I have a piece this week in New York Magazine that profiles renowned short-seller Jim Chanos. In the rarefied world of global finance, candid opinion is a rare commodity, discretion is prized—ask a question about Goldman, and you’ll be greeted with a silence bordering on omerta. But Chanos, whether responding to petty zoning disputes or exposing market bubbles, does not subscribe to this code. Ever since Bear Stearns blew up last March, Wall Street’s beleaguered CEOs have accused shorts like Chanos of manipulating the media, leaking damaging rumors to journalists and profiting off their banks’ demise. Chanos, in addition to posting returns of 50 percent, has been waging a public battle to clear short-sellers’ name, and prove that inept Wall Street CEOs are the ones we should be taking down.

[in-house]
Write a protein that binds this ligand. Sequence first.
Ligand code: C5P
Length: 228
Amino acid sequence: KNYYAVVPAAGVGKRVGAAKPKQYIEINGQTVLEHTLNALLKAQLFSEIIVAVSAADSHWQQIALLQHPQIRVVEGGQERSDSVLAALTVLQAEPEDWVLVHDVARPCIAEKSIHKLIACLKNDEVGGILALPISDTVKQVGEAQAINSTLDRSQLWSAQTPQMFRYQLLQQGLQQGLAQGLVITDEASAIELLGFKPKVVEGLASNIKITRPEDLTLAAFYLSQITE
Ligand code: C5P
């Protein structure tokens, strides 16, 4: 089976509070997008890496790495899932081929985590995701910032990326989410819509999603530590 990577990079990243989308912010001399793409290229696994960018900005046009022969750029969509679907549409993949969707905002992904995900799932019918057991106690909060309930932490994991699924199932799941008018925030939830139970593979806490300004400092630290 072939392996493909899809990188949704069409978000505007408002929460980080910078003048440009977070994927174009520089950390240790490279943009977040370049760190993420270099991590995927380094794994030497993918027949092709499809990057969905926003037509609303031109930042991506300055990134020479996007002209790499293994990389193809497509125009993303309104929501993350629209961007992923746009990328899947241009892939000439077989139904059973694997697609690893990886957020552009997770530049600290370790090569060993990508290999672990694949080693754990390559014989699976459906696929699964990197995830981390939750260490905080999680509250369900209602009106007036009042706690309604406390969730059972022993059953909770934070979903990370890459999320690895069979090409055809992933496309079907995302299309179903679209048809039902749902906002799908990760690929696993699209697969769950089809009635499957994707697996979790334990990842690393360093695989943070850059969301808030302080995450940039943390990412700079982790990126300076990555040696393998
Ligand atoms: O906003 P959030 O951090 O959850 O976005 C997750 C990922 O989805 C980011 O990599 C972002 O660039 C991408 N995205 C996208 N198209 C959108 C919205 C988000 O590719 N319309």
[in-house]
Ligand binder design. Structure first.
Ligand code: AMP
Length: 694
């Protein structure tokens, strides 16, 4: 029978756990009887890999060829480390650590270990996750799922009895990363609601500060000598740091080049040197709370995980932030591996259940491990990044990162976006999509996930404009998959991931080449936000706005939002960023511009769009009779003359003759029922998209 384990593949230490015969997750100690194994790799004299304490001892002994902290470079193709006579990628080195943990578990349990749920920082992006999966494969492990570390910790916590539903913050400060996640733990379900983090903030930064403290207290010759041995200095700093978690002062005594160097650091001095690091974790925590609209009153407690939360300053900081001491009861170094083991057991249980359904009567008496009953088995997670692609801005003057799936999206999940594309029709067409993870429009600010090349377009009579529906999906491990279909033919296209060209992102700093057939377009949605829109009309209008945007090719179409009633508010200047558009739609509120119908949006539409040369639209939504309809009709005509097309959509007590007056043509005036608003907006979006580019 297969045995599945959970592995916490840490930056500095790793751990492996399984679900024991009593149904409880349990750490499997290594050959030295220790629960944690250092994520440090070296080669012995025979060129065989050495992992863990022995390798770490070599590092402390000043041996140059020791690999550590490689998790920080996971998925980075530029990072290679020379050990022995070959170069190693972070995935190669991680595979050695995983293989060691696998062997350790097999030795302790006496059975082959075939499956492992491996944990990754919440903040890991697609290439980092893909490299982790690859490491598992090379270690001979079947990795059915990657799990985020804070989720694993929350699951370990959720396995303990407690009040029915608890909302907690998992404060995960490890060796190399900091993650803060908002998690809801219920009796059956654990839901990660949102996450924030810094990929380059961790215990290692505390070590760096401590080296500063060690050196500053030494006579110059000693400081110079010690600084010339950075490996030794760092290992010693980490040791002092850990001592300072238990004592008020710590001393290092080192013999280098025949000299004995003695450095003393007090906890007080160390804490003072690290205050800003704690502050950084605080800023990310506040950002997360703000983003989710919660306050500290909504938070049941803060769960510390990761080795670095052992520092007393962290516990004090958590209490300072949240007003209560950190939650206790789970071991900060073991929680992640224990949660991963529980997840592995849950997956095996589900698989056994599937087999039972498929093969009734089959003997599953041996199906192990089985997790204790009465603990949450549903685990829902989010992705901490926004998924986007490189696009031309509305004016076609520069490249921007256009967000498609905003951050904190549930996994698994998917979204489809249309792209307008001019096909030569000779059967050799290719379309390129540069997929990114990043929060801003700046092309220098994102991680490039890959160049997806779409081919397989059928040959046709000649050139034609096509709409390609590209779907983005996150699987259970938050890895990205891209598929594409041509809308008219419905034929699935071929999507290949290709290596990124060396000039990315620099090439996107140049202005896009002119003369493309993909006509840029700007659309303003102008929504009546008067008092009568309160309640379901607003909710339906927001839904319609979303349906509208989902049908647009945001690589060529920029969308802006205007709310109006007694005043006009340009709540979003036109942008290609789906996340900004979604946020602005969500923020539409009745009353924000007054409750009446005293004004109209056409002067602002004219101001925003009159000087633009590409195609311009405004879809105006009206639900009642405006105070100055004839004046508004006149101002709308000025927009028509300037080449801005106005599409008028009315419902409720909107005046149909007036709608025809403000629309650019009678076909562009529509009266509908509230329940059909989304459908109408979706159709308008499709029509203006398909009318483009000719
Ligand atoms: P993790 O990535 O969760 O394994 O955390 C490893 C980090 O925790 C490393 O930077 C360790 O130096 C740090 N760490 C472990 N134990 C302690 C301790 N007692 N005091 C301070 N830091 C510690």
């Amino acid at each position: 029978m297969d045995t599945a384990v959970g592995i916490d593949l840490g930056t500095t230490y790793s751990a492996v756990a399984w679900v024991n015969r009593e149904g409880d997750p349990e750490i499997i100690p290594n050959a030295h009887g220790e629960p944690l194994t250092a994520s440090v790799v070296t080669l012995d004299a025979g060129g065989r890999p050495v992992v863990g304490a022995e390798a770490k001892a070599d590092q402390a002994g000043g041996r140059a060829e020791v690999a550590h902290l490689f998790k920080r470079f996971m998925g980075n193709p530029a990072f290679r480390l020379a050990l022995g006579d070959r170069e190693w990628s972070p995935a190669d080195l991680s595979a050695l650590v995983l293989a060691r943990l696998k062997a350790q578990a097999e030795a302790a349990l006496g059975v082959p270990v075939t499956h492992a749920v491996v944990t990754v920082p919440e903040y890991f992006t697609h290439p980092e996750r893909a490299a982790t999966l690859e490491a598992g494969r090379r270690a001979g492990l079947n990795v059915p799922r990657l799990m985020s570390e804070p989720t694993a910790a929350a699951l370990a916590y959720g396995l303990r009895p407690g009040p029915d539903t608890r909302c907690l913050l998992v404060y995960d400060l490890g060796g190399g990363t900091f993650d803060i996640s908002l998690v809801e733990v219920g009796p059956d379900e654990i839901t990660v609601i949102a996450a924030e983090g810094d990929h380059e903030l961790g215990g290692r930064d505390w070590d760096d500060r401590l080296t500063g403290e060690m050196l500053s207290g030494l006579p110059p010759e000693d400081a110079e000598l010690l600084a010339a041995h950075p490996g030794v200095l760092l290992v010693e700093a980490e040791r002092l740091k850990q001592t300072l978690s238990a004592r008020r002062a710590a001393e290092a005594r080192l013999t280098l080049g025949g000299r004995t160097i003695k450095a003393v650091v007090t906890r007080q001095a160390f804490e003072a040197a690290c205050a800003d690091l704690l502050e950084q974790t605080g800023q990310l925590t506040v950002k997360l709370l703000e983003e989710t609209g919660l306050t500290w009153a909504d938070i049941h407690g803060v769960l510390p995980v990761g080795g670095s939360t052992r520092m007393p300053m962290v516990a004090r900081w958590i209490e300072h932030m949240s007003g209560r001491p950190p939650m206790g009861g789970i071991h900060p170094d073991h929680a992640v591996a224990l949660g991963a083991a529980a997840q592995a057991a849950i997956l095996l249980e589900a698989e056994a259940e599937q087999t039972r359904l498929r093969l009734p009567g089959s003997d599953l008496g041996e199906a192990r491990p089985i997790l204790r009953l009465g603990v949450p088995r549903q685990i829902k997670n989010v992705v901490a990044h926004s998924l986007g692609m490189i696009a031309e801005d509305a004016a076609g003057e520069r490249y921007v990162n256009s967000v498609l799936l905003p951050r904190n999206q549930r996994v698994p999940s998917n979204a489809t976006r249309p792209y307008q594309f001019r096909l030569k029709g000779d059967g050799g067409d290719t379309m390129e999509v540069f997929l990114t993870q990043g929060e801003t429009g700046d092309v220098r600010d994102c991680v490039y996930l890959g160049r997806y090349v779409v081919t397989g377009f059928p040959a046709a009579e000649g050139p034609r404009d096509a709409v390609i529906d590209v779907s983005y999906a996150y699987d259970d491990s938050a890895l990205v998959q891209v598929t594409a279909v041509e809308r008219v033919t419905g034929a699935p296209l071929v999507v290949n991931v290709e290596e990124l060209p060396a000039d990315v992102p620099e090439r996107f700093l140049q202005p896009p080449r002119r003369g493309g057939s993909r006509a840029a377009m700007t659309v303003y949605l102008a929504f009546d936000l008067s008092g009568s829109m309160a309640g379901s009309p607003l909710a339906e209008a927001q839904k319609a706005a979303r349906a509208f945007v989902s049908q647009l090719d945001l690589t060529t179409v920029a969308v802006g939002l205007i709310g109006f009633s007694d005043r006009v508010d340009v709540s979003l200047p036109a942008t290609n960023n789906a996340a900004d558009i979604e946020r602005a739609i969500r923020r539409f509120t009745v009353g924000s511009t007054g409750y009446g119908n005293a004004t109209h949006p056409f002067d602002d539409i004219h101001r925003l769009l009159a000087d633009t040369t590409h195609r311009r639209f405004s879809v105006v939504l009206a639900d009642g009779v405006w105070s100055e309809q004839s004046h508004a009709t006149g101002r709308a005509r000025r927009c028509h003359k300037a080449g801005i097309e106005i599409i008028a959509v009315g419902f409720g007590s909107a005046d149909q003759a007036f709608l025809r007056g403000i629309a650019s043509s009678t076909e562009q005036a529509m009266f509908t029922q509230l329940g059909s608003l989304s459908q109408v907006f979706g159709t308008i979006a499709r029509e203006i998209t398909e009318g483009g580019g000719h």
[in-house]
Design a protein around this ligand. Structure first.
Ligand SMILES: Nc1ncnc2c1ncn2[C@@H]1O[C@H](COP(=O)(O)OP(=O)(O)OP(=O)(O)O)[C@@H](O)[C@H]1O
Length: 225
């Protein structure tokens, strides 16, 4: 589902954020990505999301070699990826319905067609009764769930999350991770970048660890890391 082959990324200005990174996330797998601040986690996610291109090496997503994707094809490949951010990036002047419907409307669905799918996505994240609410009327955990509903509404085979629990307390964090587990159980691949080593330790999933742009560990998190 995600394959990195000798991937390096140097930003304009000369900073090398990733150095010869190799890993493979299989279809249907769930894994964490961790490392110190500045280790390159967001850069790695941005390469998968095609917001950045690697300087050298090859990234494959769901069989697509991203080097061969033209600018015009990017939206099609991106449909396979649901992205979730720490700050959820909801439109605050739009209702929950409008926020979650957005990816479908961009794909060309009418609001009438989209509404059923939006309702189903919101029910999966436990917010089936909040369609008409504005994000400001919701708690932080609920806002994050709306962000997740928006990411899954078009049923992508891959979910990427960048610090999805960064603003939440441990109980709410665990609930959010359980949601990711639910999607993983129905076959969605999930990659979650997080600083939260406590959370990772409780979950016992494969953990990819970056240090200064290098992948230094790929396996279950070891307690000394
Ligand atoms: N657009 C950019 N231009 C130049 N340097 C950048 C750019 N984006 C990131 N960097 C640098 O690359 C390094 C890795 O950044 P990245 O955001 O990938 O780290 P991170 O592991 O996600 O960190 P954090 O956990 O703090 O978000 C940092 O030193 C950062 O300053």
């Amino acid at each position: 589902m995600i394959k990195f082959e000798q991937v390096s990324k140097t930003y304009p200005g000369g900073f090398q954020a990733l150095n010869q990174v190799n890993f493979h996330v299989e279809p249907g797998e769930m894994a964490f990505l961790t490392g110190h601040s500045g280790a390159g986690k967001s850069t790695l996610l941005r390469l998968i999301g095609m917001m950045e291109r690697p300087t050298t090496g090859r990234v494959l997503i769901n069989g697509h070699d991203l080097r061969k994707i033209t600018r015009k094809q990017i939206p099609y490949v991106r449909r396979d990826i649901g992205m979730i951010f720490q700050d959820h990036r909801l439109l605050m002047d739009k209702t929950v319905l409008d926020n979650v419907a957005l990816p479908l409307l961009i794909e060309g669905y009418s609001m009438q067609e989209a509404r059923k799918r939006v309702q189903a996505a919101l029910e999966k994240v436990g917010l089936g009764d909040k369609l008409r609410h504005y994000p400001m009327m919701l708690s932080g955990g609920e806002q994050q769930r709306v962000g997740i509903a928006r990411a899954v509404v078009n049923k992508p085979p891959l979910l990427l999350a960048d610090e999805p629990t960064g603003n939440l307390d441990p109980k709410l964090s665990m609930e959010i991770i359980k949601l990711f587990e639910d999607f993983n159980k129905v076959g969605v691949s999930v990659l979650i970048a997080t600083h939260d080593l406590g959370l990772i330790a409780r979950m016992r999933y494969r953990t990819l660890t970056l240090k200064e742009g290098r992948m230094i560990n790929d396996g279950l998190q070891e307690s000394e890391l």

From the piece:
As a short-seller, Chanos earns a living by borrowing and then selling shares of a company he thinks will experience trouble. When the stock tumbles, he buys back the depressed shares and returns them to the lender, pocketing the difference. In other words, Chanos is a financial undertaker. He makes a profit when companies die. And when there’s an epidemic, he gets richer still.
Read the full story HERE: